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Assessment of Food Security Challenges in MalaysiaCondensed version
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Noorlidawati Ab Halim

Economic and Social Science Research Centre

Malaysian Agricultural Research and Development Institute

Persiaran MARDI-UPM, 43400 Serdang, Selangor, Malaysia


Food security is a priority agenda of every Government, and it involves all levels including household, national, and global players. There are several definitions of food security from different sources. The definition of the term “food security” which was coined by the Food and Agriculture Organization (FAO) has been adopted widely, where it refers to “a situation involving all levels which always obtain sufficient food supply, safe and nutritious food to meet the needs and requirements of an active and healthy lifestyle”. According to FAO (1996), there are four parameters that need to be identified in measuring a country’s food security level. These are: food supply readiness; the ability of the people to purchase the food; ease of market access; and supply of nutritious food.

Among the issues in the global food production are the failure to achieve food security, sustainable agriculture, meeting the demand for non-renewable resources, climate change, biodiversity losses  and changes in diet (National Agro-Food Policy, 2011). Malaysia has formulated the National Agro-Food Policy (DAN) 2011-2020, which emphasizes on expanding food production to ensure food supplies are sufficient,  of better quality, edible, safe and nutritious and at affordable prices. DAN aims to ensure that the core level of food supply is always ascertained .

A study was conducted to assess selected major food needs (rice, cooking oil, sugar and wheat flour) in Malaysia. Table 1 shows the issues of food security toward rice, cooking oil, sugar and wheat flour at the global and national levels.


Table 1. Issues of Food Security (rice, cooking oil, sugar and wheat flour) in Global and National level

Sources: World Bank (2011); Roslina (2013); National Agro-Food Policy (2011)


Assessment of Food Demand


The local rice production in 2013 was 1,675,000 metric tons. However, the local production is insufficient to meet the local demand. Thus, 30% of the nation’s rice supply is sourced through importation. Nearly 876,000 metric tons including specialty rice were imported in 2013. Consumption patterns of rice shows that 79.1% of households uses local white rice as their main food choices for their family. About 8.9% of households use imported white rice and 8.8% consumed imported fragrant rice. Only 2.1% of households uses basmati rice for daily consumption. Specialty rice was the least preferred commodity by consumers, for example a low utilization rate of brown rice (0.7%) among households as well as boiled rice (0.2%), herbs rice and other kinds of rice, 0.1% respectively. Household consumption of rice is 3.55kg per month. While average household spending on rice is RM52.22per month. The average purchase price of rice is RM3.34per kg.       


In order to meet local demand, Malaysia imports almost 1.6 milion tons of raw sugar and 91,315 tons of refined sugar a year. Around 78.1% of Malaysian households uses sugar every day. Twenty five percent of households use refined sugar and 1.4% of households preferred brown sugar. The average sugar consumption is about 3.19kg/household/month, while the spending on sugar is around RM10.14per month. The average retail price for sugar is RM2.85per kg.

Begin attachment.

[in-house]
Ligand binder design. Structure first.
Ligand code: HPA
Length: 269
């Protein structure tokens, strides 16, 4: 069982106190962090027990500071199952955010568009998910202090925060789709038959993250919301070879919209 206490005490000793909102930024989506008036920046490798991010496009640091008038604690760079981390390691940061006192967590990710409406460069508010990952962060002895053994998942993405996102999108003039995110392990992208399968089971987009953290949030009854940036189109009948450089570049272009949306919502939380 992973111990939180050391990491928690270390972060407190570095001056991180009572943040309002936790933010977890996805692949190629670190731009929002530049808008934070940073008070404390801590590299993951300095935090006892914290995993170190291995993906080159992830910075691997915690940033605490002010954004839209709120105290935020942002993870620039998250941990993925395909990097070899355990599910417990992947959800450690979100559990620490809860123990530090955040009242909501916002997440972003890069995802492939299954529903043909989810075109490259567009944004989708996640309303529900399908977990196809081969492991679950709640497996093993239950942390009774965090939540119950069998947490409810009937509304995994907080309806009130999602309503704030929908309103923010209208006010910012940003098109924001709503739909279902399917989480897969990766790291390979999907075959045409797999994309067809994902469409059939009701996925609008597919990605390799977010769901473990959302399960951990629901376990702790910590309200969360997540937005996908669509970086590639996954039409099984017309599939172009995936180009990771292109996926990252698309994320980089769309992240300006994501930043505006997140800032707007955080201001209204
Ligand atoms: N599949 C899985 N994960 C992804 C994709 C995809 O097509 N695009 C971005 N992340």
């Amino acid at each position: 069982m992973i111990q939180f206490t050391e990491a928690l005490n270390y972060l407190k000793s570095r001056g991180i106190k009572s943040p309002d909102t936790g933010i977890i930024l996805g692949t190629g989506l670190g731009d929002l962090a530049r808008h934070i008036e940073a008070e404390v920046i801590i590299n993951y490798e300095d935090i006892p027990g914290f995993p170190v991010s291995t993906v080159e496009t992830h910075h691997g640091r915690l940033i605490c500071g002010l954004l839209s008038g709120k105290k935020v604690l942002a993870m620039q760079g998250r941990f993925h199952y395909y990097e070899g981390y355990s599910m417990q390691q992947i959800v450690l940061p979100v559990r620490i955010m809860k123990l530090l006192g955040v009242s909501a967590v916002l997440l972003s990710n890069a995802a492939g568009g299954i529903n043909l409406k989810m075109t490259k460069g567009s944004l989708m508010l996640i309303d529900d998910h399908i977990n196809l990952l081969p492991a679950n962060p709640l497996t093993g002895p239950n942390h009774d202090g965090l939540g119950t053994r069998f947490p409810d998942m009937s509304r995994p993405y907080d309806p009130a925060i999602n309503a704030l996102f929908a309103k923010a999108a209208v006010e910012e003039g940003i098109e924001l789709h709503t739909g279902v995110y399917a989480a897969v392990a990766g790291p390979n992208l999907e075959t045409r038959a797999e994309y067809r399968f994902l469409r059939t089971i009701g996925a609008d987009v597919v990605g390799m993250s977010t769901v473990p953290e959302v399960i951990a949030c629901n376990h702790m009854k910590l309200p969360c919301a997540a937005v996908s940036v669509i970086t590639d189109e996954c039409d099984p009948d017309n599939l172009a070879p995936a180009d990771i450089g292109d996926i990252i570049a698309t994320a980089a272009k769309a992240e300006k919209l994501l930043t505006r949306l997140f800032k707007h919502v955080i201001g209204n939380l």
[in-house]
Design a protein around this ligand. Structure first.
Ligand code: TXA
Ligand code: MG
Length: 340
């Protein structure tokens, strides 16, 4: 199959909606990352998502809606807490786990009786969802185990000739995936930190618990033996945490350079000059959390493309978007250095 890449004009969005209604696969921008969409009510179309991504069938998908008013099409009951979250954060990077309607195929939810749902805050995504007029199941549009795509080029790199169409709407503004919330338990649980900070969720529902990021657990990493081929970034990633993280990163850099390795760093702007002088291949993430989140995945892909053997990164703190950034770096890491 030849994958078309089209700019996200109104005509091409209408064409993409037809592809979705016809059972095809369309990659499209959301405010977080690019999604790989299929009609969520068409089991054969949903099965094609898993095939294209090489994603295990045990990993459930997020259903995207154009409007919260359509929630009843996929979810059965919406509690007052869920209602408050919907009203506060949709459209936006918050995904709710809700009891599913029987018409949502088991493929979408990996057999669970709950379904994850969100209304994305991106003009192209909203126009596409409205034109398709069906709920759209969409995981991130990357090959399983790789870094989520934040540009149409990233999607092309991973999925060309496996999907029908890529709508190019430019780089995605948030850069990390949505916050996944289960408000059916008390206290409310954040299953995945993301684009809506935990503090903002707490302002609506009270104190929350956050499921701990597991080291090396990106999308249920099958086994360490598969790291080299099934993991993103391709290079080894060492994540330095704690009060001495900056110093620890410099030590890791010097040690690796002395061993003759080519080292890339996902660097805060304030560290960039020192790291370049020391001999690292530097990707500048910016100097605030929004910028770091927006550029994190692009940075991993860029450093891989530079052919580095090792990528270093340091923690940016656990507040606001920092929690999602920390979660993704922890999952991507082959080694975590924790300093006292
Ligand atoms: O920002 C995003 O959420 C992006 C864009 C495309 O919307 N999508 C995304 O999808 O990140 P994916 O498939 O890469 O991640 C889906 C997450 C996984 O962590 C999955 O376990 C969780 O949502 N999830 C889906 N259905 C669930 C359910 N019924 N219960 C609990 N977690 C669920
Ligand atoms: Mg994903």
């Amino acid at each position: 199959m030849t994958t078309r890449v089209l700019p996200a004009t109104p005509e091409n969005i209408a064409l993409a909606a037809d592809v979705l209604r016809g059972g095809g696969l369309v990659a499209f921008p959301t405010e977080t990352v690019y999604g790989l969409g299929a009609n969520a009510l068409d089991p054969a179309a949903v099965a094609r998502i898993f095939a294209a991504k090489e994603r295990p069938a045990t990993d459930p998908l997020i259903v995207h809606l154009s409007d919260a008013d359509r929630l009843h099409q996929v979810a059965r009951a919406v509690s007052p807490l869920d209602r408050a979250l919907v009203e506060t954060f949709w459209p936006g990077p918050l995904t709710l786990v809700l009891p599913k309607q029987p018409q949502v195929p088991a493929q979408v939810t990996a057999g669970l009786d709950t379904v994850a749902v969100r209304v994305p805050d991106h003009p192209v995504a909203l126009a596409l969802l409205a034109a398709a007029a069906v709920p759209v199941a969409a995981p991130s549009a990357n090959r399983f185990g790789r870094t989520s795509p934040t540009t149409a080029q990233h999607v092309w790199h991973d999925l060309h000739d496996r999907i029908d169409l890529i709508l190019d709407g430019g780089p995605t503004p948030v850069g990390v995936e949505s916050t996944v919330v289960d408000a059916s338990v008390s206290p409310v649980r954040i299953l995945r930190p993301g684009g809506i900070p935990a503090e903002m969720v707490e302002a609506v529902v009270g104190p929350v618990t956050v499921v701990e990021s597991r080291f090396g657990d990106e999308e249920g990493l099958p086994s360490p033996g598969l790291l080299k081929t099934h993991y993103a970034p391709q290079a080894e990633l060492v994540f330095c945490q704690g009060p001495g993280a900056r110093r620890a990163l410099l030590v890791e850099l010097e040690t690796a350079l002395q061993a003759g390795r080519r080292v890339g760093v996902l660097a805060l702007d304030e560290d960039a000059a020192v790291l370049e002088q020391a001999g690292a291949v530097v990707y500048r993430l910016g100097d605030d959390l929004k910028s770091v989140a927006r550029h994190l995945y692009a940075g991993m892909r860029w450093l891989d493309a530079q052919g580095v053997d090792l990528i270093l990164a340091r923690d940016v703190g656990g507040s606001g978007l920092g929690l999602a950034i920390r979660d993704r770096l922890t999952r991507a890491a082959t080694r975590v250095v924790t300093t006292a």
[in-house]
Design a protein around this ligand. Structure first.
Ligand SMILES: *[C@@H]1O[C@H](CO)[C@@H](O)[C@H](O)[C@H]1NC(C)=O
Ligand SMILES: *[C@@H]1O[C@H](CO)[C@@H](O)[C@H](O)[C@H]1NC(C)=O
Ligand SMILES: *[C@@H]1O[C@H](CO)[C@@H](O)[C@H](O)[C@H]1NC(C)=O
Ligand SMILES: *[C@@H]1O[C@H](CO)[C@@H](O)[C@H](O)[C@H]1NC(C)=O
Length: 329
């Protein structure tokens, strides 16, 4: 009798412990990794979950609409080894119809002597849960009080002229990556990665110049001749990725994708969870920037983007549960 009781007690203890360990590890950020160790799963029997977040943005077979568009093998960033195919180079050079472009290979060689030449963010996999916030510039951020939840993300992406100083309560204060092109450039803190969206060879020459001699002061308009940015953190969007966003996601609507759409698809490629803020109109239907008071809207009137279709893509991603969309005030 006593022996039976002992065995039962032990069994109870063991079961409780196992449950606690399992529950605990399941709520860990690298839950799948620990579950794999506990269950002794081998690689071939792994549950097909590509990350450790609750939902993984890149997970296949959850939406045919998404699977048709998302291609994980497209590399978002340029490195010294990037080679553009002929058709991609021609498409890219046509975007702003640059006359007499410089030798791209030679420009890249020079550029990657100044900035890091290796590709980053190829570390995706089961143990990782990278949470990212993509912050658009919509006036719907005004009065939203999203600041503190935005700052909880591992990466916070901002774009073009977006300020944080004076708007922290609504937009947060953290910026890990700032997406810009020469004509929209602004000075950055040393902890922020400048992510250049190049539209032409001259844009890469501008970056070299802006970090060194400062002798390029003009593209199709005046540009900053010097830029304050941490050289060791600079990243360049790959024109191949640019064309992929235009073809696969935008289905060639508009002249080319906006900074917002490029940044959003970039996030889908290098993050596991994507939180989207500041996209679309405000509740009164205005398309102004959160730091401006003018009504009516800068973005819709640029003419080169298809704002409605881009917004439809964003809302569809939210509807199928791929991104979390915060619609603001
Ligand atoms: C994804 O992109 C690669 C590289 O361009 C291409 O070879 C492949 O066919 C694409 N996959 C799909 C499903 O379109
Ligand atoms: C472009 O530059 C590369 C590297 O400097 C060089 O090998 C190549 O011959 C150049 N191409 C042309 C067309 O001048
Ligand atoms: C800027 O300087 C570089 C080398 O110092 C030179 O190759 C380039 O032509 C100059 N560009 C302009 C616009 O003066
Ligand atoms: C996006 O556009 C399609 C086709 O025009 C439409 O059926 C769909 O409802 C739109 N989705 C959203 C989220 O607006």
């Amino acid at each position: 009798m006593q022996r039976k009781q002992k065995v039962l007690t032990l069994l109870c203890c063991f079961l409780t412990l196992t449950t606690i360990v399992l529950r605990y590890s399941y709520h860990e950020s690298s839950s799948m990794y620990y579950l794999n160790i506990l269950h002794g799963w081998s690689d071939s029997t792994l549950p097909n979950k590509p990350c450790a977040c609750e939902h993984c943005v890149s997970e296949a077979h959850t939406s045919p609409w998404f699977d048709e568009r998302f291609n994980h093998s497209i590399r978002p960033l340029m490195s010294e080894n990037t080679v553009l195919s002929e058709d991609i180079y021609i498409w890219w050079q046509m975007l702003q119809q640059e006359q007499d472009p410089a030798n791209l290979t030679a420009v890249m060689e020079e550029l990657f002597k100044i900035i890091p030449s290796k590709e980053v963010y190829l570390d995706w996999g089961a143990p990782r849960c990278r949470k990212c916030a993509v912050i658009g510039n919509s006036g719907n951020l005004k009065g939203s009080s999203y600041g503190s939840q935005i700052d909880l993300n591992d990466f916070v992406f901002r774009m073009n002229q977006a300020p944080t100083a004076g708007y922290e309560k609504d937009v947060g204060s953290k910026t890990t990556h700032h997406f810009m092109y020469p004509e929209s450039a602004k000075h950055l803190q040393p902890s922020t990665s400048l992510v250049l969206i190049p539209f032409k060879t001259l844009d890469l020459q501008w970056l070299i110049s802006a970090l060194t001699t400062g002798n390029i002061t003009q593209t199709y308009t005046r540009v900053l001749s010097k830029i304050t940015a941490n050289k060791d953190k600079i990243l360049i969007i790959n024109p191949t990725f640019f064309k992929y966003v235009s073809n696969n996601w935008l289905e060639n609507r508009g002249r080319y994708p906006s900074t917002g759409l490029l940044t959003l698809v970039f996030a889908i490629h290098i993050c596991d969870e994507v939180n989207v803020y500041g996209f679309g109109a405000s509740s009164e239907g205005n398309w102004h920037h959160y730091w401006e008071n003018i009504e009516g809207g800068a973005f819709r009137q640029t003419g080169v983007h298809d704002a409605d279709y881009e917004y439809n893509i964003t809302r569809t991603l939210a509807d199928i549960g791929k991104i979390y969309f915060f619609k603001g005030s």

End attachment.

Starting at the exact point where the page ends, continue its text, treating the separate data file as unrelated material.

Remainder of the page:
Cooking oil

Malaysia’s palm oil production in 2013 was around 18.14 million tons of which almost 2.1 million tons was crude palm oil. Around 89.5% of households in Malaysia use palm oil, sunflower oil (2.7%), vegetable oil (2.1%), peanut oil, coconut and corn oil, for each of which was 1.6%, while the consumption for olive oil and soybean oil were 0.7% and 0.2%, respectively. The average consumption of cooking oil is 4.84kg per household/month, while the monthly expenses is around RM17.00 with an average retail price of RM3.88per kg.

Wheat flour

Malaysia  imports around 1.14 million tons of wheat and almost 233,230 tons of flour in order to meet the local demand. With the population of around 29 million, Malaysians consume around 1.45 million tons of wheat flour yearly. Nearly 91.5% of the consumers use multi-purpose wheat flour. While 5.9% uses enriched wheat flour, and 2.6% of households use fiber wheat flour. The average consumption is about 2.31kg per household per month. Household expenditure for purchasing of wheat flour is RM6.72per month with an average retail price of RM2.64per kilogram.

Challenges of Food Supply


Generally, the sources of rice come from domestic production and imports from neighboring countries such as Thailand, Vietnam and Pakistan. The imported rice includes specialty rice  such as basmati, fragrant and glutinous. Rice supply is determined by consumers. Generally, Malaysia produced standard quality rice and the Government sets a standard price of RM1.70per kg for rice that contains 15% broken rice, and RM2.50per kg for rice with 5% and 10% broken rice. Rice millers get the supply of paddy directly from farmers or agents. Competition to get supplies from farmers resulted with price competition among millers, and it benefits farmers. Millers offer different prices to farmers ranging between RM1,050/ton and RM1,150/ton. Millers do not stock up too much paddy as it will affect the quality of rice and increase the operating costs. The main challenge in achieving the rice security is the low quality of paddy produced by farmers which in return affects the quality and price of rice in the market. National productivity and quality of rice is still low due to poor technological practices among majority of the farmers, although some farmers practice the recommended technology. Wholesalers and retailers compete for consumers by using marketing strategies such as branding, pricing and promotion. Rice supply is guaranteed and it is expected to increase in line with increasing demand.